Yesterday was supposed to be a big day. For weeks our staff made preparations and plans for it to be awesome and fun and great and any other positive adjective you can come up with. We had everything scripted and it was all ready to go.

We sent out post cards to promote the night.

We rented sumo suits for our game.

We made a hilarious promo/bumper video for our new series.

We had all of our top musicians ready to play in the band.

We had the talk finished and built into the computer.

The only problem is we didn’t have the actual event.

You see, for those of you outside of Knoxville, we got six inches of snow on Sunday night/Monday morning. The students were out of school Monday and Tuesday but we were hopeful that they’d have school on Wednesday so that we could have our 2011 kick-off for FUEL on Wednesday night. We have a rule that says, “No school = No FUEL” so if either school district cancelled school, we immediately cancelled FUEL.

We went about our business as normal. We were preparing for a huge event and hoping we’d be able to bring back a good portion of the 273 people who came to our Christmas party in December.

Then, around 5:30 in the afternoon on Tuesday, one of the districts cancelled for Wednesday.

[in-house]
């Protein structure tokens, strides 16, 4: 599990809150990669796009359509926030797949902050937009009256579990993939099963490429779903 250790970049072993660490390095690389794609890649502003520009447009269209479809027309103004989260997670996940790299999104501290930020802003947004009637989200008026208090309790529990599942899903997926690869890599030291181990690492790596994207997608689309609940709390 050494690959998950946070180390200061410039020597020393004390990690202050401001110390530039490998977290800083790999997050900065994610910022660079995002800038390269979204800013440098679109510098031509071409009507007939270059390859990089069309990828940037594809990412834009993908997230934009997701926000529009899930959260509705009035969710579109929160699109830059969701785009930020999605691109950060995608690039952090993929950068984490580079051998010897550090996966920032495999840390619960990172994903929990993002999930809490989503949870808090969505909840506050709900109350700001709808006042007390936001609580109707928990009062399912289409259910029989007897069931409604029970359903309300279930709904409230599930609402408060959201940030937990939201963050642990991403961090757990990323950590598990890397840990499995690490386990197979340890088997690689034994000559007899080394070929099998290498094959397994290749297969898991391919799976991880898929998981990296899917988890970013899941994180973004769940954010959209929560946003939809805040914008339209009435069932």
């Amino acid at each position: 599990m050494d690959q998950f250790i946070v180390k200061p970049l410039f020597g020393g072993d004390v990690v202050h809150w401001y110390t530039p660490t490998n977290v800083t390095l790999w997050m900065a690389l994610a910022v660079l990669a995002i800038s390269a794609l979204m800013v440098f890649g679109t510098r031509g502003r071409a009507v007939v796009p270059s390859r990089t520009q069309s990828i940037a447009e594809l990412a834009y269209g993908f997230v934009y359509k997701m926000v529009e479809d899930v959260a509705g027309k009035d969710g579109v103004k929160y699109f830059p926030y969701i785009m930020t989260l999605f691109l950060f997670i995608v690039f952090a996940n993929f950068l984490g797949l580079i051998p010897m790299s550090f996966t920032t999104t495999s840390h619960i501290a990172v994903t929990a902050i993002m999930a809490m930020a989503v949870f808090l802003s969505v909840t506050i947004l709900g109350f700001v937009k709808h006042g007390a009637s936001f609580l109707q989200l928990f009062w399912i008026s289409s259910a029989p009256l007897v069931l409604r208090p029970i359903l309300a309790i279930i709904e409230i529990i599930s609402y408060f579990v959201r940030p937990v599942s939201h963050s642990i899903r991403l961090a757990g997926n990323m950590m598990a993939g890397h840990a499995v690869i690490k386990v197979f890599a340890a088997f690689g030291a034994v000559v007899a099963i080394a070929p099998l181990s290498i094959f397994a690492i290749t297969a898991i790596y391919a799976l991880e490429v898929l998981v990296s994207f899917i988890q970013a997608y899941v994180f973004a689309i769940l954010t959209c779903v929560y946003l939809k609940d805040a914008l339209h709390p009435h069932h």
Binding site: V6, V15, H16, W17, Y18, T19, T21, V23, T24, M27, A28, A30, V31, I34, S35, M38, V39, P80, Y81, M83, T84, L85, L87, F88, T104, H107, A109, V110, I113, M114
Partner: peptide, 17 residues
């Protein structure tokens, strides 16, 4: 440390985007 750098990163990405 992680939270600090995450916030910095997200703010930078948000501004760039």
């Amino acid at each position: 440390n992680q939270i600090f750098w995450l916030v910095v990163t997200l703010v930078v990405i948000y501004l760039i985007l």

No school. No FUEL.


We were at a point where everything was pretty much ready to go and we had to cancel. It’s probably one of the worst feelings you can have in ministry. It’s disappointing. It’s frustrating. It’s even a little bit sad.

But it didn’t have to be a complete negative.

Our students had been home for three straight days without really going anywhere probably. Most were getting cabin fever. I jumped on the computer and sent an e-mail out to our leaders encouraging them to invite students to grab lunch or coffee or to a movie or something.

I invited them to be intentional with a snow day.

We had a few students in the office to play Catan. I went to the movies with a few more later in the day. With everything already finished, we basically had a free day to spend with our students.

So that’s what we did.

Things sometime happen in life and ministry that suck or aren’t fun at all. The key is to find the positive in them and exploit it.

We may not have had 175 at FUEL last night but I definitely had a great time with the ones that I did hang out with and God can use that hang out time just as much as he could use a large gathering.

And ultimately, isn’t that what it’s all about?